My first memory of my father was when I was around three years of age when he was the Principal of Dodangoda Maha Vidyalaya. After work he occasionally used to take a walk around the school grounds with me clinging on to his forefinger. Right throughout my life he has been guiding and inspiring me until that sad day on 8th September 2014 when his hands were clasped together for the last time. The loss is not only for members of our family but also for countless students whom he taught over a period of 35 years with dedication. He used to boast that he had not taken even 35 days of leave in 35 years.

My father’s mother had died at childbirth when he was around one year old and he was brought up by his grandfather and a host of aunts and uncles. He had a happy childhood riding on his grandfather’s racing bull cart, and swimming in the river. He had attended the vernacular village school in Puwakaramba, Moratuwa and next to Prince of Wales’ College (PWC).

At PWC my father was not only good in his studies but was involved in a diverse range of activities including debating and cadetting. He was selected to the University of Colombo to pursue his BA degree. He spent one year at the University of Colombo and was fortunate to be in the first batch of students at the University of Peradeniya under Sir Ivor Jennings.

After finishing his BA degree my father joined his alma mater as a political science teacher under the legendary Principal JBC Rodrigo. While he was a teacher at PWC he married my mother who was a Maharagama trained science teacher working at Princess of Wales’ College. Their wedding reception was held at the PWC Main Hall with the Governor General of Ceylon Sir Oliver Goonatileke proposing the toast. It was a marriage made in heaven and flourished for 55 years until his passing away last year.

His first appointment as a Principal was at St Andrew’s College, Nawalapitiya. Thereafter my father served as Principal of the Industrial School which existed at the current Nalanda Vidyalaya premises. During this time he successfully completed the postgraduate Diploma in Education at Peradeniya. He was transferred to Dodangoda Maha Vidyalaya from where he moved to St Anthony’s College, Panadura and finally to PWC Moratuwa.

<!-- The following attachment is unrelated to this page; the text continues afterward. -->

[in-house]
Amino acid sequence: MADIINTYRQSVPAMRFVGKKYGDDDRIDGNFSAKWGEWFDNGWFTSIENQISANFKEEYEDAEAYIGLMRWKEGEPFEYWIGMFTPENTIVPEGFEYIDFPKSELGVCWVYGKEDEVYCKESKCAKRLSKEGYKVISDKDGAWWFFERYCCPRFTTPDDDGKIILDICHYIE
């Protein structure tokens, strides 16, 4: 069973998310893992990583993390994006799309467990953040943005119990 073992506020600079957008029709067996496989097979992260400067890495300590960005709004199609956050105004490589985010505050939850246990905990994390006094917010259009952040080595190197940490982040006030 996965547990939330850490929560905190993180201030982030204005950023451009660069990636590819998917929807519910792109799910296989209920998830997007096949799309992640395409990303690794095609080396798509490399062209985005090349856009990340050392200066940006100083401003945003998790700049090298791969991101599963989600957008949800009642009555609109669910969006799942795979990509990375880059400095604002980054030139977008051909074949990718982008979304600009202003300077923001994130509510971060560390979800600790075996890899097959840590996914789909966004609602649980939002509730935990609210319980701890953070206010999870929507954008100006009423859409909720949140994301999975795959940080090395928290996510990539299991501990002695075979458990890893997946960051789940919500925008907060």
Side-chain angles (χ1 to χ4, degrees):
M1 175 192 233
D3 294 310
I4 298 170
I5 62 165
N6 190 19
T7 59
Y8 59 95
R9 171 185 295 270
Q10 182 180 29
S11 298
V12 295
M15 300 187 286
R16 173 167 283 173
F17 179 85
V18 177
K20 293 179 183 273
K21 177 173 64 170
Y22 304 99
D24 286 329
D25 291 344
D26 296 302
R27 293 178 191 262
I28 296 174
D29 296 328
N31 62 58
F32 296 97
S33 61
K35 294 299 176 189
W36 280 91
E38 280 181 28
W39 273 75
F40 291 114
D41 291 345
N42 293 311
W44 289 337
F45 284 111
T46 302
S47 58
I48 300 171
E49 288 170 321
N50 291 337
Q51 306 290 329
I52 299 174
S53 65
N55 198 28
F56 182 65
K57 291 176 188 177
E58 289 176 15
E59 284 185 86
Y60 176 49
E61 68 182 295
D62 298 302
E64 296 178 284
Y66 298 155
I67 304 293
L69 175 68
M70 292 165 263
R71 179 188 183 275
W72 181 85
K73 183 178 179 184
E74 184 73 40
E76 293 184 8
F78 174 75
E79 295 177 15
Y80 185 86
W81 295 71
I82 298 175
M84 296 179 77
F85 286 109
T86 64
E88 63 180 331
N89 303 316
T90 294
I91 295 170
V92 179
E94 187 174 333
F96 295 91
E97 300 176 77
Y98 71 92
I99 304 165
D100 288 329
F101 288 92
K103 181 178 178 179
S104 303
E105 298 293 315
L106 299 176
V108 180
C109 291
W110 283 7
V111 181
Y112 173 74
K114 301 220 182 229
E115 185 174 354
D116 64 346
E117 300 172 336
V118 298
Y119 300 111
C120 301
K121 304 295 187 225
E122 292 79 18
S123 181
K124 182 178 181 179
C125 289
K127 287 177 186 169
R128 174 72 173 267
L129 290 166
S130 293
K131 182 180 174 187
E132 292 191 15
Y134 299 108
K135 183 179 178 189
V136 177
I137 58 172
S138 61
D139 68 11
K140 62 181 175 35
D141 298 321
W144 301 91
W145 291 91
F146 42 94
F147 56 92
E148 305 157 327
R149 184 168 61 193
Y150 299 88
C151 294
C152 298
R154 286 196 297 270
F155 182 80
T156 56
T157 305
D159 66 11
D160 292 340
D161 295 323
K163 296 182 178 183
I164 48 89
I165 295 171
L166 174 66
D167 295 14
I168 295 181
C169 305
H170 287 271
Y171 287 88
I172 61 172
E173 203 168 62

For a long period PWC had been in the doldrums and there was a strong demand for an old boy to be appointed as Principal. The new JR Jayewardene government had been elected and the MP for Moratuwa was Tyronne Fernando. Someone had whispered in the MPs’ year that my father was a leftist and he called my father for a chat before agreeing to the appointment. The MP had told my father that he did not care about his politics as long as he leaves it at the school gate. My father responded by saying that he leaves his politics behind at his gate at home. Tyronne Fernando used to regularly seek my father’s opinion even after my father’s retirement as he acknowledged that my father was one person who “called a spade a spade” and gave him honest feedback. My father’s loyal student Minister Sarathchandra Rajakaruna gifted his first salary as an MP for Dompe to PWC which opened the flood gates for funding and the school was never short of funds for development and sports activities. Fund raising activities such as the hugely successful carnivals raised money which enabled the school to bounce back and take its place as one of the best schools in Sri Lanka.

Although he never played competitive cricket he was passionate about the game. He served as the President of the Sri Lanka Schools Cricket Association and was an ex officio member of the Cricket Board. He was the Manager of the Sri Lanka schools national team which under the captaincy of Marvan Atapattu toured England in 1978. Moratuwa is a cricket crazy town and rugby was an alien sport in the 1980s. It was my father who first introduced rugby to PWC and to Moratuwa. Thus it is a fitting tribute that the ‘MEC Fernando Trophy’ is awarded to the winners of the annual rugby ‘big match’ between PWC and Science College.

My father was involved in many voluntary activities. He was a teacher at the Moratumulla Methodist Church Sunday School for many years and later was in the forefront of setting up of the Day Care Centre built with foreign funding at the church premises. He served for many years on the management committee of the Home for the Aged located on Galle Road. He was also a member of the Factors Association of Moratuwa which comprises only 12 members. In addition he was heavily involved in the OBA and in a host of ‘Cambrian’ activities serving as mentor and guide.

He lived a fruitful life of 84 years and instilled in all of us the values of honesty and integrity. He did not strive to accumulate wealth and did not care much for money or for those whose goal in life was to accumulate wealth. For his part he was content with what he had. This is the reason I considered him to be the ‘richest man in the world’. Above all, he showed us by example the importance of sticking to principles regardless of consequences. He was indeed a Principal with principles.

As my son floated his ashes along the Moratuwa River on the day after the cremation, I felt a great loss. The forefinger that I clung to as a toddler 48 years back was not there for me anymore. But we will continue to hold on to the lessons he taught and the values we caught. These will be our guiding star until we meet again one day, on that beautiful shore.
Mithraka Fernando